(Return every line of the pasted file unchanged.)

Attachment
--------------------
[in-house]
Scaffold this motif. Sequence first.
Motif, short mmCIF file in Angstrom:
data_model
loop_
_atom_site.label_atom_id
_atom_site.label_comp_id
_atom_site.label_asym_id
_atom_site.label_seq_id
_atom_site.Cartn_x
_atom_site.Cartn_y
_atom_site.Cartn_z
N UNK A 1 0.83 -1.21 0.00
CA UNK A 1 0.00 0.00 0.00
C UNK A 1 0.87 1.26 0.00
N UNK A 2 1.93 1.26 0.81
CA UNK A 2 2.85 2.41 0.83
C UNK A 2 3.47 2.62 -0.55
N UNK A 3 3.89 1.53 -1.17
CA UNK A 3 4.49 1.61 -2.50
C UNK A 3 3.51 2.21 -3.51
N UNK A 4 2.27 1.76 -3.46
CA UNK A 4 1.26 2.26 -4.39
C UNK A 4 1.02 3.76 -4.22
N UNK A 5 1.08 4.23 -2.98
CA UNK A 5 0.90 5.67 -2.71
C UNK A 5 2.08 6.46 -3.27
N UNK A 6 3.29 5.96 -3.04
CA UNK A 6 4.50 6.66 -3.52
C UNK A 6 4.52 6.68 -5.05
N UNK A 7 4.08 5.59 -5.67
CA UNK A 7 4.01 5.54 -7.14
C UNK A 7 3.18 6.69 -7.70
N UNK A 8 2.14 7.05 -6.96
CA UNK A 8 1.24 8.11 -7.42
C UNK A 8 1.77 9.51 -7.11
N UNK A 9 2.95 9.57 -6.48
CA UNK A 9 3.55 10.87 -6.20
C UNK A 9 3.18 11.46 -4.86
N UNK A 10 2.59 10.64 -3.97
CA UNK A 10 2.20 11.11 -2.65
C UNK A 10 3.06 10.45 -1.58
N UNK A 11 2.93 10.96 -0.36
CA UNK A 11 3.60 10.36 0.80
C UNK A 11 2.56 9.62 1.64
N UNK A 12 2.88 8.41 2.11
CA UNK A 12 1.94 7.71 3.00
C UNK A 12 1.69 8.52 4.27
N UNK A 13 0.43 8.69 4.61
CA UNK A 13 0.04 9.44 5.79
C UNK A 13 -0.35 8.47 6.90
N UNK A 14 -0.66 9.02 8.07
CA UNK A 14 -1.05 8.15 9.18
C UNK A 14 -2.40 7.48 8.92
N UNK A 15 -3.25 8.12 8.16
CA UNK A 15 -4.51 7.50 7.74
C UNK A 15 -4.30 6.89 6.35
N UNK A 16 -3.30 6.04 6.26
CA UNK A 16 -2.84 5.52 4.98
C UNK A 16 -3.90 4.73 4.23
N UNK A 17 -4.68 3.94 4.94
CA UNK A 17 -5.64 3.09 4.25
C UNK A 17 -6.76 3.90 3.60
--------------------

[in-house]
Scaffold this motif. Sequence first.
Motif, short mmCIF file in Angstrom:
data_model
loop_
_atom_site.label_atom_id
_atom_site.label_comp_id
_atom_site.label_asym_id
_atom_site.label_seq_id
_atom_site.Cartn_x
_atom_site.Cartn_y
_atom_site.Cartn_z
N UNK A 1 0.83 -1.21 0.00
CA UNK A 1 0.00 0.00 0.00
C UNK A 1 0.87 1.26 0.00
N UNK A 2 1.93 1.26 0.81
CA UNK A 2 2.85 2.41 0.83
C UNK A 2 3.47 2.62 -0.55
N UNK A 3 3.89 1.53 -1.17
CA UNK A 3 4.49 1.61 -2.50
C UNK A 3 3.51 2.21 -3.51
N UNK A 4 2.27 1.76 -3.46
CA UNK A 4 1.26 2.26 -4.39
C UNK A 4 1.02 3.76 -4.22
N UNK A 5 1.08 4.23 -2.98
CA UNK A 5 0.90 5.67 -2.71
C UNK A 5 2.08 6.46 -3.27
N UNK A 6 3.29 5.96 -3.04
CA UNK A 6 4.50 6.66 -3.52
C UNK A 6 4.52 6.68 -5.05
N UNK A 7 4.08 5.59 -5.67
CA UNK A 7 4.01 5.54 -7.14
C UNK A 7 3.18 6.69 -7.70
N UNK A 8 2.14 7.05 -6.96
CA UNK A 8 1.24 8.11 -7.42
C UNK A 8 1.77 9.51 -7.11
N UNK A 9 2.95 9.57 -6.48
CA UNK A 9 3.55 10.87 -6.20
C UNK A 9 3.18 11.46 -4.86
N UNK A 10 2.59 10.64 -3.97
CA UNK A 10 2.20 11.11 -2.65
C UNK A 10 3.06 10.45 -1.58
N UNK A 11 2.93 10.96 -0.36
CA UNK A 11 3.60 10.36 0.80
C UNK A 11 2.56 9.62 1.64
N UNK A 12 2.88 8.41 2.11
CA UNK A 12 1.94 7.71 3.00
C UNK A 12 1.69 8.52 4.27
N UNK A 13 0.43 8.69 4.61
CA UNK A 13 0.04 9.44 5.79
C UNK A 13 -0.35 8.47 6.90
N UNK A 14 -0.66 9.02 8.07
CA UNK A 14 -1.05 8.15 9.18
C UNK A 14 -2.40 7.48 8.92
N UNK A 15 -3.25 8.12 8.16
CA UNK A 15 -4.51 7.50 7.74
C UNK A 15 -4.30 6.89 6.35
N UNK A 16 -3.30 6.04 6.26
CA UNK A 16 -2.84 5.52 4.98
C UNK A 16 -3.90 4.73 4.23
N UNK A 17 -4.68 3.94 4.94
CA UNK A 17 -5.64 3.09 4.25
C UNK A 17 -6.76 3.90 3.60